Publication: AFP Exchange
Whether in the realm of interest rates, currencies, or commodities, traditional hedging programs start with some pre-existing exposure and then overlays a derivative position intending to transfer some or all of the undesirable risk exposure to a third party. Alternatively, from another perspective, derivatives mitigate risk by constraining the effects of some critical price or rate change. With varying degrees of precision depending on the circumstances, futures, forwards and swaps serve to “lock in” prices that would otherwise be subject to price variability; and purchased options, caps, and floors, generally serve to impose a boundary condition (i.e., a worst case effective price/rate) for the source of the risk exposure, but at the same time allowing for the possibility of more attractive outcomes. Clearly, other types of derivatives or derivative constructions could also be used, but these designs (futures, forwards, swaps, and purchased options) are the most basic.
Trade-offs are inescapable with derivatives. They force you to give up one thing to get another. For instance, when hedging with futures, forwards, or swaps, no initial payment is required to initiate the contract, but users have to be willing to forgo the benefit of advantageous price moves in order to be protected from adverse moves. When buying options, caps, or floors, on the other hand, users have to be willing to bear up-front payments in the form of option premiums to secure the prospective benefits, appreciating that some or all of option premiums will be realized costs, irrespective of whether those instruments subsequently payoff or not.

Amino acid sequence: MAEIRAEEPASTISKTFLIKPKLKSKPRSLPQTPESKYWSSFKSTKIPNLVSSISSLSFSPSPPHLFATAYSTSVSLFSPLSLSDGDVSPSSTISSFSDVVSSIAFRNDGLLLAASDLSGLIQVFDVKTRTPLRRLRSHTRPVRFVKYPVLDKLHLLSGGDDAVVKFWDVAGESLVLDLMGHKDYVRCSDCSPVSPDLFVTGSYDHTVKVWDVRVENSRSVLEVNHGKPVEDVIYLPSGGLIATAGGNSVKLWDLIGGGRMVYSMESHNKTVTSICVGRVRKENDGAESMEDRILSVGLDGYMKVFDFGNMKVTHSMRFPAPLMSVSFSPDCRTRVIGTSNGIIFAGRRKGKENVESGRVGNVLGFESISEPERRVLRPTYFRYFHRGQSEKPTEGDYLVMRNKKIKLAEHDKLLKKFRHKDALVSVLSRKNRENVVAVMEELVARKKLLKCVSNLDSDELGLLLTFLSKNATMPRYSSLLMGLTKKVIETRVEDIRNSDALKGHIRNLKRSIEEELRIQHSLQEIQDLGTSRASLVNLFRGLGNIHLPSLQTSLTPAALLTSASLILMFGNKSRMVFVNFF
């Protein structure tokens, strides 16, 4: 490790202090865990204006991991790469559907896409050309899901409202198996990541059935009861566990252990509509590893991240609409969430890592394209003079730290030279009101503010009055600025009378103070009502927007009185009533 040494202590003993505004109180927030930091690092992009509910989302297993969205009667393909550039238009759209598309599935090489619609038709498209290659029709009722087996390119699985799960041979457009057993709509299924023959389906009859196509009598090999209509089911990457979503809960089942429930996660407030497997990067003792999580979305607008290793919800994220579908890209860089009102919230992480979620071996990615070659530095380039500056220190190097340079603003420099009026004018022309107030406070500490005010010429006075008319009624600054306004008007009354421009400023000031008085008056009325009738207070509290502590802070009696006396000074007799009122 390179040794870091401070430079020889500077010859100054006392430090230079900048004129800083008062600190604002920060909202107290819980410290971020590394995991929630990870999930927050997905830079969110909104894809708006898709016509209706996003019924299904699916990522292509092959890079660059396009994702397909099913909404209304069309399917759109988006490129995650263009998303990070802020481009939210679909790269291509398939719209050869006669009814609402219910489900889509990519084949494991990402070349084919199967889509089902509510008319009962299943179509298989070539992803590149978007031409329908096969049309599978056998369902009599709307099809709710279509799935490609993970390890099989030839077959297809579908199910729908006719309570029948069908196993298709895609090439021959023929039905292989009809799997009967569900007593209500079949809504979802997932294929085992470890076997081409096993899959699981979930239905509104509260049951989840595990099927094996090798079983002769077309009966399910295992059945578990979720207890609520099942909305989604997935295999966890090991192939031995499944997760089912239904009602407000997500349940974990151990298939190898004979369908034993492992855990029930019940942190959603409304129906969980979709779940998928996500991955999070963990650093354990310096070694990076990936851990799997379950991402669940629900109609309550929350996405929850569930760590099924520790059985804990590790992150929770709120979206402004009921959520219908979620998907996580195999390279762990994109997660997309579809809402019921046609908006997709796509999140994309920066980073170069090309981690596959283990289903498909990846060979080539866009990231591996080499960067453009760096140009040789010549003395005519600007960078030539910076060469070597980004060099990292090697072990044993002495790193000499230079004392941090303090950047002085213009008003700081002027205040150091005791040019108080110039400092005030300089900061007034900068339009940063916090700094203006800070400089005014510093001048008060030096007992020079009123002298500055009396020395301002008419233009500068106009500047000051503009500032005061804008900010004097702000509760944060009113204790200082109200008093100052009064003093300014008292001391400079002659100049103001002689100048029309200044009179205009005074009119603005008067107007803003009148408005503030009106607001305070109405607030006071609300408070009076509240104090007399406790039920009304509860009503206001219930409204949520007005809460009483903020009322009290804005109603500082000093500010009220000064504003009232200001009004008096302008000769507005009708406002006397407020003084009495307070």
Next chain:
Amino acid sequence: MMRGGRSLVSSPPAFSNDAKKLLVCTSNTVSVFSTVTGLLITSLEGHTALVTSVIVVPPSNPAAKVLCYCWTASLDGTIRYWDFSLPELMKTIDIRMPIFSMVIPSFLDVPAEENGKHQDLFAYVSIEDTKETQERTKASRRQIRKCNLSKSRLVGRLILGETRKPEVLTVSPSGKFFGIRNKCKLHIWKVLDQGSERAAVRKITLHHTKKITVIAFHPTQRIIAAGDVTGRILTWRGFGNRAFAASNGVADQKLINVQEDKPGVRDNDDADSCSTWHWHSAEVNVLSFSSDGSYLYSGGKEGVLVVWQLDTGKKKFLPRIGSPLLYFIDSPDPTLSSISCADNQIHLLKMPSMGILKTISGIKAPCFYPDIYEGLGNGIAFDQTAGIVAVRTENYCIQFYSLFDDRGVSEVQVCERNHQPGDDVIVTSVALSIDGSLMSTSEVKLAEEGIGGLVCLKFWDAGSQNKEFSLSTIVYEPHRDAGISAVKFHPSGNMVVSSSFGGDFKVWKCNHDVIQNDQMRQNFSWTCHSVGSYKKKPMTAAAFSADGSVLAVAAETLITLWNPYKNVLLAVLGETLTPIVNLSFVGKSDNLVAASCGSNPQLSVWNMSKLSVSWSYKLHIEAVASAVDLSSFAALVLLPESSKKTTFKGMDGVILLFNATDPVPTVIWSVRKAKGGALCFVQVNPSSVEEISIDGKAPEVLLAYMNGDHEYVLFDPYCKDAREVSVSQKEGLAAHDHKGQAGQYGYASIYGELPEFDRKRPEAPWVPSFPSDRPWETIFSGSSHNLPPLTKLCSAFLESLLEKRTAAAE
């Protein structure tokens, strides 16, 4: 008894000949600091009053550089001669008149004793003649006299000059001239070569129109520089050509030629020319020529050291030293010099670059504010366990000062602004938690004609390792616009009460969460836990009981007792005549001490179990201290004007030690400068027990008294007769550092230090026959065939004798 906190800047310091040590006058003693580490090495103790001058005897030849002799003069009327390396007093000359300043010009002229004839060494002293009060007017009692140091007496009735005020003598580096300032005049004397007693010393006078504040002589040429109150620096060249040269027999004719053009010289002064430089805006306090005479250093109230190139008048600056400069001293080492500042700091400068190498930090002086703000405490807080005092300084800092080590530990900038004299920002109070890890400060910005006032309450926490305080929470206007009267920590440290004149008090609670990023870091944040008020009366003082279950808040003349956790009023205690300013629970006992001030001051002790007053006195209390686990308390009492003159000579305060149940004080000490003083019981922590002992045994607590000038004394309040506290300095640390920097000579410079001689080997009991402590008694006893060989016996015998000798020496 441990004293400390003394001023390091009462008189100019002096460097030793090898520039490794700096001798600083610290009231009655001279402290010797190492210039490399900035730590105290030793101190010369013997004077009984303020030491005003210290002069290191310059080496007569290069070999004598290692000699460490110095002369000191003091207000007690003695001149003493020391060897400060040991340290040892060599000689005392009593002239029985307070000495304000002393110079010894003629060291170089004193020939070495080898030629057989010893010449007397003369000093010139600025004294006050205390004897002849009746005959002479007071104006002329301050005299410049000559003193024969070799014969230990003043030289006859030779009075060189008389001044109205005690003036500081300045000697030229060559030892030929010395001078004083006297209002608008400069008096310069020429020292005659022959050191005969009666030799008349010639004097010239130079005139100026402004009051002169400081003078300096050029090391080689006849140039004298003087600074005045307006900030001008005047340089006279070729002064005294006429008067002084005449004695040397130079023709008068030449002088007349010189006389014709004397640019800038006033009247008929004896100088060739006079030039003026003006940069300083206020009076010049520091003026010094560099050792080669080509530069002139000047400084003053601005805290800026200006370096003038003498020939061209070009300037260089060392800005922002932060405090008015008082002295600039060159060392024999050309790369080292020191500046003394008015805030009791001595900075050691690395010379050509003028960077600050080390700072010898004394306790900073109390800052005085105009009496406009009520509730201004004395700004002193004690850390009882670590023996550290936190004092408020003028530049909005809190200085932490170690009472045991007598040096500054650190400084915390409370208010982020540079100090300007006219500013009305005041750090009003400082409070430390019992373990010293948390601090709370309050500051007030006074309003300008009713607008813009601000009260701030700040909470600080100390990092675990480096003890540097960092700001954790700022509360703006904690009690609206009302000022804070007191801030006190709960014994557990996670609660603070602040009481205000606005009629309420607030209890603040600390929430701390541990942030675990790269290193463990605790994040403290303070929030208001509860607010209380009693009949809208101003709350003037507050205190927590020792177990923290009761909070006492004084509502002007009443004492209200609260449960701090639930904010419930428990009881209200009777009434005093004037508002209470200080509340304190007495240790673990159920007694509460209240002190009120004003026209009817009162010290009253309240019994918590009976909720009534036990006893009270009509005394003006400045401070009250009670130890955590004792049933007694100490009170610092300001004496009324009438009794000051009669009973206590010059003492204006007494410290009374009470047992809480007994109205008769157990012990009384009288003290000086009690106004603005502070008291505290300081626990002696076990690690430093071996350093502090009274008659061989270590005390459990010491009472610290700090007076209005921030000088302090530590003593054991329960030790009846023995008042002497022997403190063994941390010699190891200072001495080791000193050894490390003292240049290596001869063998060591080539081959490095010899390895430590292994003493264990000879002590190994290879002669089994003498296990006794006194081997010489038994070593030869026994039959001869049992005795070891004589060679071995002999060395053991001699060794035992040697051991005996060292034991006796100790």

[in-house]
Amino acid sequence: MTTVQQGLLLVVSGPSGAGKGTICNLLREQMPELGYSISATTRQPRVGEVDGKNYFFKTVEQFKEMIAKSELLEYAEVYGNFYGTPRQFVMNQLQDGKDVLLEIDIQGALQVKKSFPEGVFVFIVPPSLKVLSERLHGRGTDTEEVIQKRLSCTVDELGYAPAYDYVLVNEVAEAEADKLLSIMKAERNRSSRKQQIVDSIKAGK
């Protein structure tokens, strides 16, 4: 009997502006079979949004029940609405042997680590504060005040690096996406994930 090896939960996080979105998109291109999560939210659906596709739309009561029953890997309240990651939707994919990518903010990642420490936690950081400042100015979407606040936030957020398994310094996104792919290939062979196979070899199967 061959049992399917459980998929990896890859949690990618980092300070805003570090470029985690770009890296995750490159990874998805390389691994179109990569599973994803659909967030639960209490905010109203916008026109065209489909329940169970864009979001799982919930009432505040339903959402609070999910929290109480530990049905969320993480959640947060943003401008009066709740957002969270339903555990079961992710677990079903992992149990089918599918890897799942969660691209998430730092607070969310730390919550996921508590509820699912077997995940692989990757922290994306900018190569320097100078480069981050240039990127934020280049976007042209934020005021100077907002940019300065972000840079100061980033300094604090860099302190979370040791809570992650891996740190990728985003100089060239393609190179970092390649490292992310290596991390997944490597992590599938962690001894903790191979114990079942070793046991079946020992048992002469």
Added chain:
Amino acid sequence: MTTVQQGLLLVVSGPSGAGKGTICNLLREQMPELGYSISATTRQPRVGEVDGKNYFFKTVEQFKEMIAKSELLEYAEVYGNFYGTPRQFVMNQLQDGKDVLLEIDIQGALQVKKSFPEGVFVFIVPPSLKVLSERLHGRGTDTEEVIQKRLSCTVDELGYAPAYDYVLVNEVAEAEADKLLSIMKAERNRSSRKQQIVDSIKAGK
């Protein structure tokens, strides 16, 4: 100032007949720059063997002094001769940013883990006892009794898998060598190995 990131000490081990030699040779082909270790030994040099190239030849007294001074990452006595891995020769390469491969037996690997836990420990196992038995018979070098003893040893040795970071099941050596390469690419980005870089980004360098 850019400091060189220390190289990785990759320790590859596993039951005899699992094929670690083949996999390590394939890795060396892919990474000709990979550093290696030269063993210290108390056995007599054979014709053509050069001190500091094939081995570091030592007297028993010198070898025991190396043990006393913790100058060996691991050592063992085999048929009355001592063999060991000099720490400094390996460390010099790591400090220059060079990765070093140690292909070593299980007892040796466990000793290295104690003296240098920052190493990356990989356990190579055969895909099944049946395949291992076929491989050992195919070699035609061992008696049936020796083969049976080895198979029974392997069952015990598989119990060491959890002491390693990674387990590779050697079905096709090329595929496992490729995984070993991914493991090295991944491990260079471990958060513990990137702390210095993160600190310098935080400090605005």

Entering into any hedging contract requires a secondary determination beyond simply recognizing which price change direction would be adverse. That is, when locking in a price, the anticipated effective price (post hedge) is critical. It’s not enough to lock in any price. For hedging to be desirable or appropriate, the price that the market allows you to lock in has to be an acceptable price. Prospective buyers wouldn’t want to look in a price that is “too high,” and prospective sellers wouldn’t want to lock in a price that is “too low.” (The same applies for interest rate payers or interest rate receivers.) Similarly, if using a purchased option, cap or floor, that contract would have to be “cheap enough.” Put another way, at some sufficiently high premium, the protection gained wouldn’t be worth the price paid.